What Is The Main Cause Of Endometriosis?
While there have been many medical breakthroughs in treatments for Endometriosis, much is not known on what is the main cause of endometriosis? There are still questions on the main cause of this condition.
During a woman’s regular cycle, if she does not become pregnant, her body will shed built-up uterine tissue and the menstrual cycle will begin. This process is caused by hormonal changes that occur monthly in a women’s body. The tissue that builds up each month is called, endometrium, which is how the name endometriosis came to be.
What is Endometriosis?
This condition affects women ages 25-40 years of age. Endometriosis occurs when the inner tissue of the uterus forms and attaches itself to the outer uterine walls causing scarring. Just as a women’s inner uterine walls shed the built-up tissue, the outer uterine walls will want to shed the tissue also. The process that occurs outside of the uterus will lead to inflammation, swelling, and ultimately scarring of the normal tissue surrounding the area, which causes endometriosis pain.
Cause of Endometriosis
It is still unknown what the actual cause of the condition is. But there are several theories on what causes endometriosis. One theory is that during a woman’s menstrual cycle, some of the tissue being shed backs up into the fallopian tubes and into the abdomen, where the tissue will attach itself and grow. Another theory that is believed, is that some of the endometrial tissue will travel through the blood and lymph system and then implant itself, much the same way as cancer does. Another popular theory is that cells located anywhere in the body may transform themselves into endometrial cells.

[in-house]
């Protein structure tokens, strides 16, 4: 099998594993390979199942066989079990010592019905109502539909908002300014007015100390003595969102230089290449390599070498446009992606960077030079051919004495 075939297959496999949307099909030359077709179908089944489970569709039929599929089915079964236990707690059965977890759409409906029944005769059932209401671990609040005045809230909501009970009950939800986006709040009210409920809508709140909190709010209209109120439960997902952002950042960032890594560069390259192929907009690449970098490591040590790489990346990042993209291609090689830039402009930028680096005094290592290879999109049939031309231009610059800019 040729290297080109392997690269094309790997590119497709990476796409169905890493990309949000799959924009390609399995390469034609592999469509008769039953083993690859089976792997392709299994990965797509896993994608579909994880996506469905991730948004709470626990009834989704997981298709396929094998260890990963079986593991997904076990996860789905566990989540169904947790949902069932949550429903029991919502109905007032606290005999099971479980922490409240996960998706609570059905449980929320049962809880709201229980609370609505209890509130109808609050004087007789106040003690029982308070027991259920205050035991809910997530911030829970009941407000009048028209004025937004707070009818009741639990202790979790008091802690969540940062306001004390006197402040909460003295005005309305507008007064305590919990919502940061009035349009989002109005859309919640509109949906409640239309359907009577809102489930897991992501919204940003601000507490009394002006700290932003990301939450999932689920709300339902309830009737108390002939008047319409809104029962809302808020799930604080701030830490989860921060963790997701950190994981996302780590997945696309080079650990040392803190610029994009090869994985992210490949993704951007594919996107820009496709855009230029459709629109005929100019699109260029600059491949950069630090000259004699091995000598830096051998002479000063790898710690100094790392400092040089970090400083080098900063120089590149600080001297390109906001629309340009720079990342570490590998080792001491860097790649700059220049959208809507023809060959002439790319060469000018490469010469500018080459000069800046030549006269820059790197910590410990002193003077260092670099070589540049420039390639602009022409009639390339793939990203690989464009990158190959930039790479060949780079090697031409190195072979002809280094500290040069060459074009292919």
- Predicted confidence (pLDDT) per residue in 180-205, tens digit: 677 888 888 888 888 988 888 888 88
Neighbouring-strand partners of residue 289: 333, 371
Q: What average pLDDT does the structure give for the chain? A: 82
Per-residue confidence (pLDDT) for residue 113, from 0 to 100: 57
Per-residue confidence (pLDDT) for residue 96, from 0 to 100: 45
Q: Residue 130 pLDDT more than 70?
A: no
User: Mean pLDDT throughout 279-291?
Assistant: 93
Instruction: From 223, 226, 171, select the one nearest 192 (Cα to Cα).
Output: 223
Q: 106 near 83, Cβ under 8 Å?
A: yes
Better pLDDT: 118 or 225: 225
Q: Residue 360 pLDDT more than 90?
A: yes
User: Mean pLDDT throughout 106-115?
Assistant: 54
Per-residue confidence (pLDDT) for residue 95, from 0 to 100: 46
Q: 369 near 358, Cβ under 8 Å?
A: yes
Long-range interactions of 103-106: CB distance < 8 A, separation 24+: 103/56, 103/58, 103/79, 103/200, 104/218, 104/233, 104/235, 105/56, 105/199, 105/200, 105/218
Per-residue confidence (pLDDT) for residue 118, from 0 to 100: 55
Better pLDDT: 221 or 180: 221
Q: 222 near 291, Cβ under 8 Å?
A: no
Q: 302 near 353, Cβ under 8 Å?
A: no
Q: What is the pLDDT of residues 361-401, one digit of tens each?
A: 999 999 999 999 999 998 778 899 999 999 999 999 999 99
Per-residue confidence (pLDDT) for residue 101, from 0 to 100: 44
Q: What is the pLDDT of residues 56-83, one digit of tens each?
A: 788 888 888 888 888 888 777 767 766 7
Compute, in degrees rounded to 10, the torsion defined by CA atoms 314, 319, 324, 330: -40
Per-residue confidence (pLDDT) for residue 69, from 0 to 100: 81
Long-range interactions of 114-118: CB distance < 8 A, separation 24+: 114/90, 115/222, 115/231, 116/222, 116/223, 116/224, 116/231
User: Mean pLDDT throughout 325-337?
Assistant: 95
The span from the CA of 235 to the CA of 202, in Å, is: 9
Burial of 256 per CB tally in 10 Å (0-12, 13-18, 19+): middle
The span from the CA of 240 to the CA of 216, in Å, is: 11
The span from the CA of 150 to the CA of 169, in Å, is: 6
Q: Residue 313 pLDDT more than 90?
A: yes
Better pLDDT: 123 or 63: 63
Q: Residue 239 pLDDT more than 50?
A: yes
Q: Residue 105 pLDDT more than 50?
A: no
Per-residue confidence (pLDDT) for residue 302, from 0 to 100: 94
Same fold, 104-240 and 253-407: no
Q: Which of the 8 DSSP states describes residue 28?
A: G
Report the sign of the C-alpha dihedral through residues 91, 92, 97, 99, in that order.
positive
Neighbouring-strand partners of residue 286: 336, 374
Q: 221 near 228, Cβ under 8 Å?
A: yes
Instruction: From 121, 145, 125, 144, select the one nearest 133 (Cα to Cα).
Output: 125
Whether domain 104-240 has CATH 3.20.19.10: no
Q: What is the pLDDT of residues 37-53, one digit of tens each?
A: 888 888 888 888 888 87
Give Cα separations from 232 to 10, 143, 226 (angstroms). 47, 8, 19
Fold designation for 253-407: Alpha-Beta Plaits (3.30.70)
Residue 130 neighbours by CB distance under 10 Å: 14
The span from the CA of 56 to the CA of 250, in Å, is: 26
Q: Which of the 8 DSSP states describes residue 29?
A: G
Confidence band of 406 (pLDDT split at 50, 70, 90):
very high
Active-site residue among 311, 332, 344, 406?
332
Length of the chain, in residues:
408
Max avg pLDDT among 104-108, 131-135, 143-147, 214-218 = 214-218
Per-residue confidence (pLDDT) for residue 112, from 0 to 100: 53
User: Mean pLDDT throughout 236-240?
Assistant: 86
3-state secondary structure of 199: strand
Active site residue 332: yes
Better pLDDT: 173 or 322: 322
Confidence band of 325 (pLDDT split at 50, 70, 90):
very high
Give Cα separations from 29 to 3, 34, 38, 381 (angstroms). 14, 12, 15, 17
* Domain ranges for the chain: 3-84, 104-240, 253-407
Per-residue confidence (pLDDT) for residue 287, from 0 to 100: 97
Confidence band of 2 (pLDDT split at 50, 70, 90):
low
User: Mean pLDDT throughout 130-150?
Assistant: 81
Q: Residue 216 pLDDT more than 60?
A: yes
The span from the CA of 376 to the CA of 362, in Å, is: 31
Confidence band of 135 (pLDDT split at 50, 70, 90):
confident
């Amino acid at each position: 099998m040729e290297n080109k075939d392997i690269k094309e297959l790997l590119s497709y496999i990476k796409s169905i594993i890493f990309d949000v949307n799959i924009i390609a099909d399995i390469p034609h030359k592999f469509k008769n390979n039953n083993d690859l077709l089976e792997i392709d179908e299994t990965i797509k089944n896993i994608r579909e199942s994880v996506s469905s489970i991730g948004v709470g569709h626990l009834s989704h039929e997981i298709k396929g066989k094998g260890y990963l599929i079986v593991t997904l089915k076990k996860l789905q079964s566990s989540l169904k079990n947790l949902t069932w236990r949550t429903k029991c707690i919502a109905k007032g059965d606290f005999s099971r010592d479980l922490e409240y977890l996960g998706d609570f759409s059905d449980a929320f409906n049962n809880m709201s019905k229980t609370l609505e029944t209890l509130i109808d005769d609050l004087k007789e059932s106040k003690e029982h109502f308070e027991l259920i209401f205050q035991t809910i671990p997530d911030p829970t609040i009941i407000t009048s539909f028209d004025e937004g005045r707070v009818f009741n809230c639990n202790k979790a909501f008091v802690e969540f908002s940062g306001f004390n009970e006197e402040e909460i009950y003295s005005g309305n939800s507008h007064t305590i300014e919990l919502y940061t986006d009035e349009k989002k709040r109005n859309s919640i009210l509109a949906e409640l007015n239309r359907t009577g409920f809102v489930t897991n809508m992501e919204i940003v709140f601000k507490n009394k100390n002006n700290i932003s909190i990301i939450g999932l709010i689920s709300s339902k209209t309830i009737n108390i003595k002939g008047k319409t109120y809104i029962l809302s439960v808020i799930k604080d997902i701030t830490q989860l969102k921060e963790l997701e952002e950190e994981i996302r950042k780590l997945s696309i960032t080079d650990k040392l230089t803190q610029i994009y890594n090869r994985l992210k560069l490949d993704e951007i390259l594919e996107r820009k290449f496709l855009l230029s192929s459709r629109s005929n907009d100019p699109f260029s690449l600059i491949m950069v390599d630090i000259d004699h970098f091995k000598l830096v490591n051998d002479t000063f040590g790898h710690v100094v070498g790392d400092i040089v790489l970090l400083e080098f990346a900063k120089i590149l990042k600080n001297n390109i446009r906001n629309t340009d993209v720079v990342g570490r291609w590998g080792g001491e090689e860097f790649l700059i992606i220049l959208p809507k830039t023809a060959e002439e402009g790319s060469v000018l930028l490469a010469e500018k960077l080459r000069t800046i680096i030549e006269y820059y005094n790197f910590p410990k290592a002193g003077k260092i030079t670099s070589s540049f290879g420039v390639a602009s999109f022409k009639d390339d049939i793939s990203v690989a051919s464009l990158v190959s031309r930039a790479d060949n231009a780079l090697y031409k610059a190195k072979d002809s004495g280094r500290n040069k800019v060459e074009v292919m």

Endometriosis can also occur as a direct result of surgery, such as a cesarean section. There have also been some findings that some women are more predisposed to this disease due to genetics.
Risks of Endometriosis
We still can’t answer the question, “What is the main cause of endometriosis?” What we can do is examine the risk factors. Any woman can develop this condition, but there are some women that are in a higher risk category:
If a mother, sister, or daughter has this condition, the women directly related to them have a higher chance of developing endometriosis.
Child Bearing Age
Women bearing children later in life, typically over 30 years of age are at higher risk for endometriosis.
Women with an abnormal uterus are also more likely to develop endometriosis.
Symptoms of Endometriosis
Every woman’s body is different, and they may experience all or none of the common endometriosis symptoms.
Symptoms could include:
Menstrual cramps that are a lot stronger than usual, normally in the lower back and/or abdomen are a common symptom.
Abnormally heavy menstrual flow can be a warning sign.
Pain During Sex
Endometriosis can be the reason for experiencing pain during intercourse.
Infertility can result in women who suffer with endometriosis.
Urination and Bowel Movement Pain
During their periods, women with endometriosis could have pain when urinating or having a bowel movement.
These could include constipation, diarrhea, and even nausea.
Something to keep in mind is that the level of pain experienced does not necessarily gauge the progression of the disease. While some women experiencing excruciating pain may actually have a milder case of the disease and other women with no pain may find they have severe endometriosis.
Endometriosis and Infertility